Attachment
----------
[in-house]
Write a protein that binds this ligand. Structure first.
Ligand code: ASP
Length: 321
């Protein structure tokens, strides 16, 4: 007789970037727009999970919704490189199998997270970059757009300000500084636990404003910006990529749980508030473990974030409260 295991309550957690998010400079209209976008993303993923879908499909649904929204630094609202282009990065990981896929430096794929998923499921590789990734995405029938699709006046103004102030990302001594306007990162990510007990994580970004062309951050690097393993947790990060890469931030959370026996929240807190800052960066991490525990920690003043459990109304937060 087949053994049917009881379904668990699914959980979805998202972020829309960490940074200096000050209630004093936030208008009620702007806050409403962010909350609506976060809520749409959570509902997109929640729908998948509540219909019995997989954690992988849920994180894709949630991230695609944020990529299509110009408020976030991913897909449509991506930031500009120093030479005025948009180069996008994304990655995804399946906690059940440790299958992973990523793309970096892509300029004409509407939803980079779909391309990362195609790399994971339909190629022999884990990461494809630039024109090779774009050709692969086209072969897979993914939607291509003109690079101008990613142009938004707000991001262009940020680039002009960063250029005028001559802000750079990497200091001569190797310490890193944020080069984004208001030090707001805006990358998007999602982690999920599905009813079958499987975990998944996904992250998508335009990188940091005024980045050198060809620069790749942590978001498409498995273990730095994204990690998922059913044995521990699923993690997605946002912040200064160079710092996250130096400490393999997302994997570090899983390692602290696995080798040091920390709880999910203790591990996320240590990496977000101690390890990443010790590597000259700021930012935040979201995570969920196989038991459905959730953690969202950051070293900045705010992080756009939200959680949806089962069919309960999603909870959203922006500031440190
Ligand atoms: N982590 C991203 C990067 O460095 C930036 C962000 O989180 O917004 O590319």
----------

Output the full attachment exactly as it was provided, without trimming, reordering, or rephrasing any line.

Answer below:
[in-house]
Write a protein that binds this ligand. Structure first.
Ligand code: ASP
Length: 321
């Protein structure tokens, strides 16, 4: 007789970037727009999970919704490189199998997270970059757009300000500084636990404003910006990529749980508030473990974030409260 295991309550957690998010400079209209976008993303993923879908499909649904929204630094609202282009990065990981896929430096794929998923499921590789990734995405029938699709006046103004102030990302001594306007990162990510007990994580970004062309951050690097393993947790990060890469931030959370026996929240807190800052960066991490525990920690003043459990109304937060 087949053994049917009881379904668990699914959980979805998202972020829309960490940074200096000050209630004093936030208008009620702007806050409403962010909350609506976060809520749409959570509902997109929640729908998948509540219909019995997989954690992988849920994180894709949630991230695609944020990529299509110009408020976030991913897909449509991506930031500009120093030479005025948009180069996008994304990655995804399946906690059940440790299958992973990523793309970096892509300029004409509407939803980079779909391309990362195609790399994971339909190629022999884990990461494809630039024109090779774009050709692969086209072969897979993914939607291509003109690079101008990613142009938004707000991001262009940020680039002009960063250029005028001559802000750079990497200091001569190797310490890193944020080069984004208001030090707001805006990358998007999602982690999920599905009813079958499987975990998944996904992250998508335009990188940091005024980045050198060809620069790749942590978001498409498995273990730095994204990690998922059913044995521990699923993690997605946002912040200064160079710092996250130096400490393999997302994997570090899983390692602290696995080798040091920390709880999910203790591990996320240590990496977000101690390890990443010790590597000259700021930012935040979201995570969920196989038991459905959730953690969202950051070293900045705010992080756009939200959680949806089962069919309960999603909870959203922006500031440190
Ligand atoms: N982590 C991203 C990067 O460095 C930036 C962000 O989180 O917004 O590319």